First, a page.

The Wallabies will be disappointed with their 2017 finale. Photo: getty ImagesThe margins. The Wallabies have developed a ‘no excuses’ culture, but they need to ensure they’re not in situations where they can find excuses. Even after a red carding in Edinburgh, the Wallabies seemingly lacked the willlingness to go the extra mile, with a few exceptions, belying the grit they have shown in other matches. Talk of consistency of effort and intensity is often trotted out during, but action is what they need to show in 2018.

Goal kicking is also an issue. Bernard Foley has been the mainstay, but his shots at goal are becoming increasingly patchy. After kicking 19 in a row leading into the second Bledisloe, Foley battled for accuracy in that match and has delivered some shocking goal attempts. Though it hasn’t been the difference in most occasions, it’s something that surely needs to be addressed, especially with an alternative in Reece Hodge, who is improving by the day.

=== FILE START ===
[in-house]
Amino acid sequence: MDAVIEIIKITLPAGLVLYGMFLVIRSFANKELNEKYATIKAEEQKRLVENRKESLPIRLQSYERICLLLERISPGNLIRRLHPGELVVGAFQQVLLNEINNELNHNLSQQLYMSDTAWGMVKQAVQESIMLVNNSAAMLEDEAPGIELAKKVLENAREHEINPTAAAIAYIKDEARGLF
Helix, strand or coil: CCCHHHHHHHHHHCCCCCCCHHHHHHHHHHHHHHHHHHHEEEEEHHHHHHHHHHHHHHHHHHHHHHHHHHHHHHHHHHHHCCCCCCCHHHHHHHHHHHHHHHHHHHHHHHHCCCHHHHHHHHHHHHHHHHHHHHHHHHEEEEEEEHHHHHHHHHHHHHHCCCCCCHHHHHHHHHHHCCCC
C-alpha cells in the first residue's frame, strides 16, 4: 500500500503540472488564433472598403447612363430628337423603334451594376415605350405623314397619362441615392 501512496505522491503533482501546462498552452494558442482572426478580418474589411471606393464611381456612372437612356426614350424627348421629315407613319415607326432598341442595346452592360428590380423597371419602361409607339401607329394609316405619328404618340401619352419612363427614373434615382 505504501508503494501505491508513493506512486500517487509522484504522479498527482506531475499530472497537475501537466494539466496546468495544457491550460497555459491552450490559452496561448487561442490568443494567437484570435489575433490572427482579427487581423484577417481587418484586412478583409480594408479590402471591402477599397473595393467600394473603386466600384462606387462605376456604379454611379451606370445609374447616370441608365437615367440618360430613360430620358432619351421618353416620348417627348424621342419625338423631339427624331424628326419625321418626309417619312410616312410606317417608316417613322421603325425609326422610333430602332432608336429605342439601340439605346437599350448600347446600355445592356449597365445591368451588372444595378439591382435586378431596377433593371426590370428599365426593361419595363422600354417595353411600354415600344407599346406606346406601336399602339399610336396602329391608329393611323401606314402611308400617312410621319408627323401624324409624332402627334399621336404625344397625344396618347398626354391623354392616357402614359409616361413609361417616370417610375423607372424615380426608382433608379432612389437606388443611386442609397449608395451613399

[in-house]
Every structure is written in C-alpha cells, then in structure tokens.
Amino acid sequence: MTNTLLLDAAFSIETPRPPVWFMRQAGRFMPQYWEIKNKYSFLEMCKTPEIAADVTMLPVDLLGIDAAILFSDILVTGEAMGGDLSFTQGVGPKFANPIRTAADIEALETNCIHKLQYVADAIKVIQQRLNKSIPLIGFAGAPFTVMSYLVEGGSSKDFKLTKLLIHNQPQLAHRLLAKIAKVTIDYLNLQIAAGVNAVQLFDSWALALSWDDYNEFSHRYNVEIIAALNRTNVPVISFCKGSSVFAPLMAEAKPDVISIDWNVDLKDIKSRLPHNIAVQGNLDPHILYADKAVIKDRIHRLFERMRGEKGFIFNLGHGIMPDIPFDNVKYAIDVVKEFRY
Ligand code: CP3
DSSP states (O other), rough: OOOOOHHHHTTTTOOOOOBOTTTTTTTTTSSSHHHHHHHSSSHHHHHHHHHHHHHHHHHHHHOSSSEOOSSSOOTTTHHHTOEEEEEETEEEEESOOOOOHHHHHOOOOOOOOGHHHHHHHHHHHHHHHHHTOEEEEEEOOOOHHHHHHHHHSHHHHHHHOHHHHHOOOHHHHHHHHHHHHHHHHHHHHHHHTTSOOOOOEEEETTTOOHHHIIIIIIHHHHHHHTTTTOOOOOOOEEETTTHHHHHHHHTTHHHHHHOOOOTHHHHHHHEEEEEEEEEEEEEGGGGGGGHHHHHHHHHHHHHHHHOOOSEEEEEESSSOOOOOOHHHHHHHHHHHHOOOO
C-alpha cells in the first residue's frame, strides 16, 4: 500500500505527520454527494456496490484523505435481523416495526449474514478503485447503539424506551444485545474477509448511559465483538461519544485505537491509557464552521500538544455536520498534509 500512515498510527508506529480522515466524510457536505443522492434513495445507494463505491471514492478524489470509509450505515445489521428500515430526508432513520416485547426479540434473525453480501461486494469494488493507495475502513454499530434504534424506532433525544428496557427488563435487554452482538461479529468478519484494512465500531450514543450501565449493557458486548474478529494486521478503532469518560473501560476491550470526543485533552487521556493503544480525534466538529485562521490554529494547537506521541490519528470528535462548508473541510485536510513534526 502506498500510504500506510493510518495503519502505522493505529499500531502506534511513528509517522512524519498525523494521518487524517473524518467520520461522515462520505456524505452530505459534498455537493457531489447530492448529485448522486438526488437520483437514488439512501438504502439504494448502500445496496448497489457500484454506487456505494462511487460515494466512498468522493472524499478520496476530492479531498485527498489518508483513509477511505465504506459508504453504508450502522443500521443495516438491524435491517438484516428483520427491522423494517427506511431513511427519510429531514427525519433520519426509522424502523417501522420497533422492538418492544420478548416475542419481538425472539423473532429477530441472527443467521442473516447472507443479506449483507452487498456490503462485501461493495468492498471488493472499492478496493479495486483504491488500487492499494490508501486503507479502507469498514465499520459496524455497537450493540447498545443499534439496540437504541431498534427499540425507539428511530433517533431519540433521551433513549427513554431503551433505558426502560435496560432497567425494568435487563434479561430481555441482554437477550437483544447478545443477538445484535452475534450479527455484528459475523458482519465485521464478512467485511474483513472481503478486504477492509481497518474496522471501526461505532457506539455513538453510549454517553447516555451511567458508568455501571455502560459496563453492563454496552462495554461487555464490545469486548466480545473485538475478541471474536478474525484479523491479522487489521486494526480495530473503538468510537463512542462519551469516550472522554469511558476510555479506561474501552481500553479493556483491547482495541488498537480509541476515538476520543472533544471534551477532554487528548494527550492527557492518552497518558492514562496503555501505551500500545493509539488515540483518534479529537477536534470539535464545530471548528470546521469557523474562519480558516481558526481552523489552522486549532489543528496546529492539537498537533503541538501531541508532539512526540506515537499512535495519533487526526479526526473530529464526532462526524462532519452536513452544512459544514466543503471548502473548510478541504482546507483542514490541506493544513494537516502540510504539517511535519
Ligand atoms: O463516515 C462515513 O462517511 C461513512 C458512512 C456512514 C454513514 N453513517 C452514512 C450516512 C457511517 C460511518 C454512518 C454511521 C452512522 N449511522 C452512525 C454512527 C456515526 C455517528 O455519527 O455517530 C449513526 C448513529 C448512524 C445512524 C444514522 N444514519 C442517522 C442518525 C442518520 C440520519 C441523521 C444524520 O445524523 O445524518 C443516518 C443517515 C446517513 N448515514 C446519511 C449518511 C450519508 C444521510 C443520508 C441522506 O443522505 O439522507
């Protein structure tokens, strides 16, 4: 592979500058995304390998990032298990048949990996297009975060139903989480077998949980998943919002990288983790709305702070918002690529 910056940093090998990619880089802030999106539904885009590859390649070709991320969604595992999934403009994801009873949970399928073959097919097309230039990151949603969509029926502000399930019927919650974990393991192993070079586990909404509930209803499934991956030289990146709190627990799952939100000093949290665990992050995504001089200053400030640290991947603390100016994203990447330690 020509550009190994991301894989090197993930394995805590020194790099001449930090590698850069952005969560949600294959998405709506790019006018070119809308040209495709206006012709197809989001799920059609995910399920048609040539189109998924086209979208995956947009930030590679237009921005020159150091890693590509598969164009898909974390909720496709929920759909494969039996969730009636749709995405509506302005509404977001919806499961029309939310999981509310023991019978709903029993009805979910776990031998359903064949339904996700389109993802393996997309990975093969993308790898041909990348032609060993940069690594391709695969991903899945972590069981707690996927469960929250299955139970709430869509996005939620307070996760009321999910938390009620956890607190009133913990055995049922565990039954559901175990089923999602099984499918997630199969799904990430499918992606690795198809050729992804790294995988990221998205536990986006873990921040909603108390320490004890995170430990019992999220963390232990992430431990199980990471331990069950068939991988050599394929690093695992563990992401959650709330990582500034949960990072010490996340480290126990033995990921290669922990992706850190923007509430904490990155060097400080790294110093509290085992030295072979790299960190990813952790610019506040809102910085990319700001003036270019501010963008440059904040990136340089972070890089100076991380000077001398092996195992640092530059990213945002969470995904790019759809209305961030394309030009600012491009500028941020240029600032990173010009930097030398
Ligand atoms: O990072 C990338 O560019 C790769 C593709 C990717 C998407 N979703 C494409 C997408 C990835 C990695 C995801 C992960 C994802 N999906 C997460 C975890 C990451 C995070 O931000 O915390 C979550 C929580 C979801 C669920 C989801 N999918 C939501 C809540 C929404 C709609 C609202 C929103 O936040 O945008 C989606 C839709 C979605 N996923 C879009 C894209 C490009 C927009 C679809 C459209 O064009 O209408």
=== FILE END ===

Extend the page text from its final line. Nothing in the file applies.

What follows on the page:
The critical period will be the next six months, because the Wallabies can’t afford to come into a June Series against Ireland at anything less than their peak.

RECORD

Sevens wins, two draws, five losses

June Series 

Australia 37 - Fiji 14

Australia 19 - Scotland 24

Australia 40 - Italy 27

Rugby Championship

Australia 34 - New Zealand 54

New Zealand 35 - Australia 29

Australia 23 - South Africa 23

Australia 45 - Argentina 20

South Africa 27 - Australia 27

Argentina 20 - Australia 37

Third Bledisloe Test

Australia 23 - New Zealand 18

Spring Tour

Japan 30 - Australia 63

Wales 21 - Australia 29

England 30 - Australia 6

Scotland 53 - Australia 24